Monday, 22 September 2014
Last updated 6 hours ago
Dec 9 2011 | 11:04am ET
Hedge funds reversed course in November, giving back a significant chunk of the gains won in October and leaving themselves facing a likely down 2011.
The Greenwich Global Hedge Fund Index fell 1.1% last month and is now down 4.1% on the year. The benchmark had turned in a 2.4% return in October, giving rise to hopes that the industry had turned a corner.
Long/short equity funds were hardest hit on the month, especially growth funds. Overall, long/short funds lost 2.4% (down 8% year-to-date), with growth funds down 3.6% (down 10% YTD). Short-biased funds, on the other hand, rose 1% to return to the black at 0.4% on the year.
Only a handful of strategies or substrategies managed to avoid the red in November. Non-convertible and fixed-income arbitrage funds jumped 1.9% (down 0.3% YTD), while convertible funds fell 0.3% (down 0.4% YTD) and fixed-income funds 1.2% (up 2.2% YTD). Long/short credit funds added 0.4% (4.5% YTD), merger arbitrage and futures funds added 0.2% (up 2.1% and down 2.7% YTD, respectively) and macro funds are flat (down 0.4% YTD).
On the other side, distressed securities fell 2.2% (down 3.4% YTD), opportunistic funds 2.1% (down 7.4% YTD), value funds 1.9% (down 7.3% YTD) and multi-strategy funds 1.3% (down 3.7% YTD).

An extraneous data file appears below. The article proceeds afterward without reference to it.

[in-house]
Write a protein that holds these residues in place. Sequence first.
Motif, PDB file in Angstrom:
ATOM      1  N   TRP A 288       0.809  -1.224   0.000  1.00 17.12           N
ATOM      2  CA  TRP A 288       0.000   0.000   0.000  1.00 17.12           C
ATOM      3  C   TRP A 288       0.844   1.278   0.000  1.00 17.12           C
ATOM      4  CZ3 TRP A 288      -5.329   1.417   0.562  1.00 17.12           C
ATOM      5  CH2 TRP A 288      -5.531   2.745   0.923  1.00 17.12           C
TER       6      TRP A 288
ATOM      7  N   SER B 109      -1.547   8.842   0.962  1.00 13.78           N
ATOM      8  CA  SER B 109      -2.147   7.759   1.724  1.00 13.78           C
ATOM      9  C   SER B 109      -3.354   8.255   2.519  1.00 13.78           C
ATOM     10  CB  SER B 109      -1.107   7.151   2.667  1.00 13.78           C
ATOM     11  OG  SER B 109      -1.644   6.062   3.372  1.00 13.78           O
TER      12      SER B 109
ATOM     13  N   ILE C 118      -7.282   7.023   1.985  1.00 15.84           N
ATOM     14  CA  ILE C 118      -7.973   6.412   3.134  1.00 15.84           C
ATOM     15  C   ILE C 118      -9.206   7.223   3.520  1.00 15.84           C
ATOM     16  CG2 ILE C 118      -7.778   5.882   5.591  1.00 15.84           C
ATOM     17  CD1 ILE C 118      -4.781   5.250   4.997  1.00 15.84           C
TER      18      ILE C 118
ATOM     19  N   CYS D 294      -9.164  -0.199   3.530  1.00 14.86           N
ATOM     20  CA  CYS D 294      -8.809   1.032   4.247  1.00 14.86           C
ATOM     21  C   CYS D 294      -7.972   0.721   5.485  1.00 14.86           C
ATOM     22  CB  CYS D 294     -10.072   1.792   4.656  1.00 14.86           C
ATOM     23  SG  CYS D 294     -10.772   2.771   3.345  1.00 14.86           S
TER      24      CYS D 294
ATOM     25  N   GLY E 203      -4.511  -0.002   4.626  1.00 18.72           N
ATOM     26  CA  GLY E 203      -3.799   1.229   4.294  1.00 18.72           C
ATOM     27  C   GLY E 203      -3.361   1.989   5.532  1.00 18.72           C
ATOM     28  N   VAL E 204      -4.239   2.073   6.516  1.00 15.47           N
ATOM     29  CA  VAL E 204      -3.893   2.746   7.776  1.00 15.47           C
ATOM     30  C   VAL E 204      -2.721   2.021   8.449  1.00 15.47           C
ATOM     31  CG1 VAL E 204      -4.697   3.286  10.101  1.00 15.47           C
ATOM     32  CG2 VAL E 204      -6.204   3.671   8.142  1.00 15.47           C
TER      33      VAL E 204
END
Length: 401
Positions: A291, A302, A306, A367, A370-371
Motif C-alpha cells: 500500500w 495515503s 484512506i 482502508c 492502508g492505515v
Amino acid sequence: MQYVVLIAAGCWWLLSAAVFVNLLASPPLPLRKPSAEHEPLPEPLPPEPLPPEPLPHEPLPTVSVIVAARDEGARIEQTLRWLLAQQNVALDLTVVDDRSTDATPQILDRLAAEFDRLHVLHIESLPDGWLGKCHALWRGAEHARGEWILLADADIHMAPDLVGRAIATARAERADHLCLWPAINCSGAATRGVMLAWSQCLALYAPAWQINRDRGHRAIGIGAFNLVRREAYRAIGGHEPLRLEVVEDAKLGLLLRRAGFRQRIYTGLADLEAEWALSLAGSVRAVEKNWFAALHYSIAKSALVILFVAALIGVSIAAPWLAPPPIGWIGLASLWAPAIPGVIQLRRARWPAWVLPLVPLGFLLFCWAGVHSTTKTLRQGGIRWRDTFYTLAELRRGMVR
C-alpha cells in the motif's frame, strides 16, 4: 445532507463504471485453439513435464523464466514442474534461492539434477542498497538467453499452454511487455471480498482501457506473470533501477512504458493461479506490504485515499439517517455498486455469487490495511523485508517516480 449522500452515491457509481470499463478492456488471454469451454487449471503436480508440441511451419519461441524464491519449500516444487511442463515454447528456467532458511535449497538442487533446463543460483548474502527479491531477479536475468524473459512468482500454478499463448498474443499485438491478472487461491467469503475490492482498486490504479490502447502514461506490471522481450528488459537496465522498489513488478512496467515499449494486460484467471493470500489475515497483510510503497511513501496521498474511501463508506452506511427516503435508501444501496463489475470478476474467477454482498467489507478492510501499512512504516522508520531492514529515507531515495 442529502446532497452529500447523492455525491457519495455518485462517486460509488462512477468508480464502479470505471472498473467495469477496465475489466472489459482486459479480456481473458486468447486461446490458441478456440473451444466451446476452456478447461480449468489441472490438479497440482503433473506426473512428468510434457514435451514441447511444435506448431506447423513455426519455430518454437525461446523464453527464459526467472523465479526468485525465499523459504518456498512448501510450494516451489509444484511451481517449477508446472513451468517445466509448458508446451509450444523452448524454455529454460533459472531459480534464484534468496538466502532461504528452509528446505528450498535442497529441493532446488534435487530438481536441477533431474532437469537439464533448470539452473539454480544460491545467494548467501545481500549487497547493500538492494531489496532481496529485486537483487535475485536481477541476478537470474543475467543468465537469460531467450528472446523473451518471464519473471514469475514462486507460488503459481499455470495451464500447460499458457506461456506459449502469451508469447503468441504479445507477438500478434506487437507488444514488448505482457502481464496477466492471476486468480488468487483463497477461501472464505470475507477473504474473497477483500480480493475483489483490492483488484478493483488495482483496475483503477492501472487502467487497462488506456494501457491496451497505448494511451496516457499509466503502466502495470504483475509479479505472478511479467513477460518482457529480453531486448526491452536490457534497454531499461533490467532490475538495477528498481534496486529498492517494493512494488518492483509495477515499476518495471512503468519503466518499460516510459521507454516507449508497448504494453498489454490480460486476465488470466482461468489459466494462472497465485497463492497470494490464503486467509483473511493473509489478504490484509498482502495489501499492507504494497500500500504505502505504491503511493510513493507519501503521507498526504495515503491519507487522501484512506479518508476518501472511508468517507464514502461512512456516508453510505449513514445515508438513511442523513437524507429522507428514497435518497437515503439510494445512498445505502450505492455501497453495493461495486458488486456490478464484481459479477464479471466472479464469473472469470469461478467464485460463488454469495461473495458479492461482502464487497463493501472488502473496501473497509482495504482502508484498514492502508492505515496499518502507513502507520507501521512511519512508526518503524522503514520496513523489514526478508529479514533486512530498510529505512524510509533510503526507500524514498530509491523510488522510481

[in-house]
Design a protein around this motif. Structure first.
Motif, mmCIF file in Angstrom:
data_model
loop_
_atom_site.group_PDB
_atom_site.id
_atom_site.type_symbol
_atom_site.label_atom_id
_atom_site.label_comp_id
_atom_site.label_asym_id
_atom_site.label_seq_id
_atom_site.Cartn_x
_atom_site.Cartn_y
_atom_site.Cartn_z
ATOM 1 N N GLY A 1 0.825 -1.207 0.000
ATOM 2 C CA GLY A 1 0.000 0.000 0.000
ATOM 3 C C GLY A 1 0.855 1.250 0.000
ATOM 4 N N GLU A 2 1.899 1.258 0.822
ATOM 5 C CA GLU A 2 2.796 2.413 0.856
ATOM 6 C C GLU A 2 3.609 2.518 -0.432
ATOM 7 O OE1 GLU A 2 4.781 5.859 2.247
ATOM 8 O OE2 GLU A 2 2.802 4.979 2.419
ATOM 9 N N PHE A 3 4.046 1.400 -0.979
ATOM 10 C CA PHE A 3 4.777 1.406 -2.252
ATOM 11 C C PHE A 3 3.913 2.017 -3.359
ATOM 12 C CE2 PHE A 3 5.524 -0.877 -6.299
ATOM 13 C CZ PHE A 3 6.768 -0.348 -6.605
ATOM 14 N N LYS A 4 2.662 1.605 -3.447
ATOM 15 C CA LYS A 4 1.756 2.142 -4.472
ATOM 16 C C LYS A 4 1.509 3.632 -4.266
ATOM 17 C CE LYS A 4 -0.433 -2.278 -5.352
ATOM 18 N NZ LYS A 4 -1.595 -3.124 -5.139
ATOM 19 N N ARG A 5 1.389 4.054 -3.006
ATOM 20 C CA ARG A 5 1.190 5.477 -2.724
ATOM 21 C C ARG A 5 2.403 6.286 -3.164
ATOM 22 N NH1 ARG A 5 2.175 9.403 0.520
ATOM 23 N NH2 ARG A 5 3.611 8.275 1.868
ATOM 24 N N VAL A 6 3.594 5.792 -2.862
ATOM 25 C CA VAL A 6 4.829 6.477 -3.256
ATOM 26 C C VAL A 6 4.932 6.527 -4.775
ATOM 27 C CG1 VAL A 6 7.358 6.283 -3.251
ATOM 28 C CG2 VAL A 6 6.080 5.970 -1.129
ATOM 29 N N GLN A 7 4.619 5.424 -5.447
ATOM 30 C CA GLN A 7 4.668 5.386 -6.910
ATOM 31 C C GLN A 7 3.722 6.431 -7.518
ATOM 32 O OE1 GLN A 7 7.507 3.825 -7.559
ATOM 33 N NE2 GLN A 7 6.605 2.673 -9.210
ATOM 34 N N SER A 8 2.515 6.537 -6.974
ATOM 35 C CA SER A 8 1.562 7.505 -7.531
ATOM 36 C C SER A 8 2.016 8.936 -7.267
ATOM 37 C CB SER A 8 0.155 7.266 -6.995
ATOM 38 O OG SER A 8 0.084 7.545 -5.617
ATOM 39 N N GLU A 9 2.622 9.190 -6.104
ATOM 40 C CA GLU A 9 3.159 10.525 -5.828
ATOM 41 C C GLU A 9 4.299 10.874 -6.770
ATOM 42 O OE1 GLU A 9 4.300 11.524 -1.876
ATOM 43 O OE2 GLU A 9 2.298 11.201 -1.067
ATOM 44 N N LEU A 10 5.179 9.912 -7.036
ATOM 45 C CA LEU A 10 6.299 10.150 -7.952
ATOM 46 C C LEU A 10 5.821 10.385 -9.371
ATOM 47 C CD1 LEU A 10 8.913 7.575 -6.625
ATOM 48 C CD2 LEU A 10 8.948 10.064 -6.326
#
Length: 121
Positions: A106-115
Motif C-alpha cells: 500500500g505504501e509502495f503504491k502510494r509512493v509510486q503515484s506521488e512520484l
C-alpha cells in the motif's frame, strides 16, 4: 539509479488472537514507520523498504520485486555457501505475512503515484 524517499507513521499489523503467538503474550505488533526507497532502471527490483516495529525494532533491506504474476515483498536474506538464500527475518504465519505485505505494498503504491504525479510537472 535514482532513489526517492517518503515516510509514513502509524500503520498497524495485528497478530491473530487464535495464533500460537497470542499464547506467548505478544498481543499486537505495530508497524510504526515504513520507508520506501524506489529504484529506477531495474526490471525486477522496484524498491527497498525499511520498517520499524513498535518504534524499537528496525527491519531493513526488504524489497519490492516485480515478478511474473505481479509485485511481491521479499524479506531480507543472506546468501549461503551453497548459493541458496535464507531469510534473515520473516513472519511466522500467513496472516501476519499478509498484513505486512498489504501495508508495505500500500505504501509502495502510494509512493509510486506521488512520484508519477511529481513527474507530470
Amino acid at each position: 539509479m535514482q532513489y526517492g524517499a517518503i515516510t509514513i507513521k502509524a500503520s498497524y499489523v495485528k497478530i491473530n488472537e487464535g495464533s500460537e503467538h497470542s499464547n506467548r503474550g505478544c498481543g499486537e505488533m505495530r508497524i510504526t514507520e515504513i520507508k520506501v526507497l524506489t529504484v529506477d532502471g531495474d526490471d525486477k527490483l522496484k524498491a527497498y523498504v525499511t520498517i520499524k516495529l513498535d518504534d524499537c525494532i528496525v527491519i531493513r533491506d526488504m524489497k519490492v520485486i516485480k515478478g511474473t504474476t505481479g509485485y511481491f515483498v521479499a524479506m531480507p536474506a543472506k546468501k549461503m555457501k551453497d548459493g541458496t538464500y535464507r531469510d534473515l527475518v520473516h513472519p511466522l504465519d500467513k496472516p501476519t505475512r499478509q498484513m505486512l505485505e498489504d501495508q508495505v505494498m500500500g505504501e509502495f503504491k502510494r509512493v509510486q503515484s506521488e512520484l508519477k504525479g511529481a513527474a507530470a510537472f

Emerging markets funds also did extremely badly, falling 4.5% (down 13% YTD). Emerging markets in the Americas were the primary victim, falling 6.6% (down 10.3% YTD), but those in Europe and Asia didn't do much better and are actually doing much worse for the year: The former fell 4.8% (down 19.1% YTD) and the latter 4.6% (down 15.7% YTD). Among developed markets, Americas funds were flat (down 0.8% YTD), European funds fell 1.1% (down 5.6% YTD) and Asia funds fell 2.5% (down 7.3% YTD).
Aug 25 2014 | 11:21am ET
As many of you know, FINalternatives was recently acquired by the owners of Futures magazine, a firm called The Alpha Pages LLC. Today marks the soft-launch of a new sister site for both publications. As its name suggests, The Alpha Pages will cover all types of alternative investments, going far beyond the more well-known ones such as hedge funds and private equity. Read more…
Credit default swaps brought down the London Whale and cost JPMorgan $6.2 billion. Here is how it happened.